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The Order

Written by Mark Van Steenwyk : August 5, 2005

A couple days ago, I met with a man named Jim Bloom who ministers in Minneapolis with a group called "InnerChange." They plant house churches, but not in the conventional way.  Innerchange calls itself a "religious order among the poor." Lest you think they are the latest emergent-style attempt at church, I’d like to point out that they’ve been there for 10 years and they are linked with Bethlehem Baptist (John Piper’s Church), so I wouldn’t consider them "emergent" per se.  But God is doing random things in this world of ours that, when view from a far off distance, resemble a grande design.

Basically, a missional team made up of Jim, and some "novitiates" engage in mission among the poor in their neighborhood. Over time, these different relationships that have been formed begin to gather together and house churches emerge.  I really appreciate the strength of their convinctions: they don’t allow outside Christians to participate in what they are doing unless they become committed to the people in the community first.  In order to become a novitiate, you have to have a year apprenticeship (those not willing to be so committed can do a shorter internship).  After apprenticing, you begin a 2 or 3 year long novitiate period. Anyways, they have three “tracks” that people on their mission team go through in their 3 year long development process:

contemplative development,
missional development, and
prophetic (justice) development.  These disciples are equipped for misson, and they go out to make disciples slowly and in the right way.  It isn’t a program for htem.  It is about reproducing spiritual sons and daughters…being used by the SPirit to shape them into brothers and sisters in Christ. The people to whom they minister are precious and they want to remain committed to them…so much that they won’t tolerate other Christians sweeping in and out of their lives.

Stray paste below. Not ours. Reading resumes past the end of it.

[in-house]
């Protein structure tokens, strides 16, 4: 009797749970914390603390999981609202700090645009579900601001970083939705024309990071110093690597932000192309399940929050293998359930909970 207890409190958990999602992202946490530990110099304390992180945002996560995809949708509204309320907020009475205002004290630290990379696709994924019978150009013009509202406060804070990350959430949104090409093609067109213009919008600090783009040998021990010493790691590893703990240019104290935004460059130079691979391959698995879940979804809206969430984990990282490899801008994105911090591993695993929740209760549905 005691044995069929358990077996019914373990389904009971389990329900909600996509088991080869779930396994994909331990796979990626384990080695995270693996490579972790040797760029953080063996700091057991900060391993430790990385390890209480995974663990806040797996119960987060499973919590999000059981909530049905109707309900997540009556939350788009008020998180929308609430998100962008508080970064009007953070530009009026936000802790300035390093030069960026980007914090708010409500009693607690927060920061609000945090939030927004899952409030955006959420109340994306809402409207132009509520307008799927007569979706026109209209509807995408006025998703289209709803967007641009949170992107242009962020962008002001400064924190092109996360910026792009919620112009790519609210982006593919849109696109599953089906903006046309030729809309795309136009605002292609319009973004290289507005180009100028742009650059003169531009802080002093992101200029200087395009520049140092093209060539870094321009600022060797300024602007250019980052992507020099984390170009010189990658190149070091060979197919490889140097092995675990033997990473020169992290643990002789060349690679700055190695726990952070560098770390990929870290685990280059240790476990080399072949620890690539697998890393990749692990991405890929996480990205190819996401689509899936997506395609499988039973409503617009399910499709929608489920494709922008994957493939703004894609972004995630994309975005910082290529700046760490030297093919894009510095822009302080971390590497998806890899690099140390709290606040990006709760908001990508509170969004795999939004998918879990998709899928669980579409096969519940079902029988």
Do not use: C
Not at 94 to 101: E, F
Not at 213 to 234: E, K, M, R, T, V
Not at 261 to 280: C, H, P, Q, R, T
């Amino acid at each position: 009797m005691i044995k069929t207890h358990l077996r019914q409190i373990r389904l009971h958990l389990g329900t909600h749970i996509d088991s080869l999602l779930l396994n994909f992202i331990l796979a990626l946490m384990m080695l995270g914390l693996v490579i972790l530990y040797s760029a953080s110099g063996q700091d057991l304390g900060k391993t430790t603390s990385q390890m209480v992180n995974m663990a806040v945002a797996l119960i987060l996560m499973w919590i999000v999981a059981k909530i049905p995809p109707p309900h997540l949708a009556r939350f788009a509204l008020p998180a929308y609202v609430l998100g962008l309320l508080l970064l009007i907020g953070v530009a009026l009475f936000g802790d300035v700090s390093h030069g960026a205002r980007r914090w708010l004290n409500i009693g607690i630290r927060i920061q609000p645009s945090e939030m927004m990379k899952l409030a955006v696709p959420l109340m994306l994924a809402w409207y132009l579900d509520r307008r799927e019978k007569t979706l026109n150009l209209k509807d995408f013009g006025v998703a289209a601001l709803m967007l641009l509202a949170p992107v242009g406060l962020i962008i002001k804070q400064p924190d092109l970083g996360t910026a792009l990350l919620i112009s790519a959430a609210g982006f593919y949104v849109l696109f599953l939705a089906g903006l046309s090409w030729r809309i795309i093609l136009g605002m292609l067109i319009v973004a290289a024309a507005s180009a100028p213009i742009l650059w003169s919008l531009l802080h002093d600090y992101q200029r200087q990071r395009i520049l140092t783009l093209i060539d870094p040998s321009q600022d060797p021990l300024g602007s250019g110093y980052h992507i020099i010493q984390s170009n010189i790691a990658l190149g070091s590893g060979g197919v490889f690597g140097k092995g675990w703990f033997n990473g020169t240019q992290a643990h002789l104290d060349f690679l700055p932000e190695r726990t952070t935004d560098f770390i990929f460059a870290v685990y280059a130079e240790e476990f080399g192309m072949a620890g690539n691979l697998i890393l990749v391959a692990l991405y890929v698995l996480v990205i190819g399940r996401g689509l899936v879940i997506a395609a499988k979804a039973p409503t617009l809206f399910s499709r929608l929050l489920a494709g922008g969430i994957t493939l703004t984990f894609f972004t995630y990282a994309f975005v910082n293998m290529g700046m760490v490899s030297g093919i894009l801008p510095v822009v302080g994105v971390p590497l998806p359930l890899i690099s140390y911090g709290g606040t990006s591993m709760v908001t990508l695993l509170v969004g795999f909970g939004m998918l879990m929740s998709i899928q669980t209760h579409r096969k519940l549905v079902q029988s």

Today, I ran accross a blogsite called Emergent Evangelism (I think it is by the guys who bring us Radical Congruency).  They have a recent post called Spiritual Orders: A Missional Inversion.  Here’s a sample:

In the middle ages, monastic orders were for “advanced” Christians who
took special vows and entered a rigorous way of life in pursuit of
deeper faith. In the postmodern world, I submit that we will see an
inversion of the role of monastic orders - people will commit to a way
of life in community with others before committing to the Christian
faith and publicly self-identifying as a Christian.

In the past months, I?ve been realizing we put ecclesiology before mission when
we started Missio Dei. It wasn?t intentional–but old habits die hard. I’ll share more thoughts on what I would have done differently in a couple days. 

I
think God is moving churches into new ways of thinking about community.
We need something more monastic, that focuses on mission…a community of
“novices” (disciples) centered around mission. In this paradigm,
community is centered around a shared committment, rahter than a shared
gathering. Instead of planting "services" we need to plant "churches." Planting a church should be more like planting a garden.  A few gardeners should move out and begin to work the soil, faithfully tending.  The idea is for disciples to move incarnationally in the missionfield, making new friends.  And as those friends draw close to one another in a newly forming relational network, a church begins to emerge.  Doesn’t that sound beautiful?

for further reading . . .

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Comments

3 Responses to “The Order”

  1. Chris on August 6th, 2005 1:10 am

    It does sound beautiful, I think we should do what you’re suggesting, and drop anything that doesn’t look like what you’re suggesting.

  2. Van S on August 6th, 2005 1:19 am

    Thanks, Chris. I’ve had some difficulty with knowing how to lead us forward in this direction in a way that is sensitive to where everyone else in Missio Dei is at. The most recent string of hurt feelings have come about because I was focused on mission so much that I wasn’t especially gracious or patient to others at Missio Dei. Any suggestions on how to move in this direction in an inclusive way? Do you understand what I’m getting at?

  3. Chris on August 6th, 2005 12:09 pm

    I do, and it’s not necessary what I meant. We drew people in because of how we meet, I wonder if we should modify that accordingly. I also think the mission needs to be better defined before we can do anything effectively.

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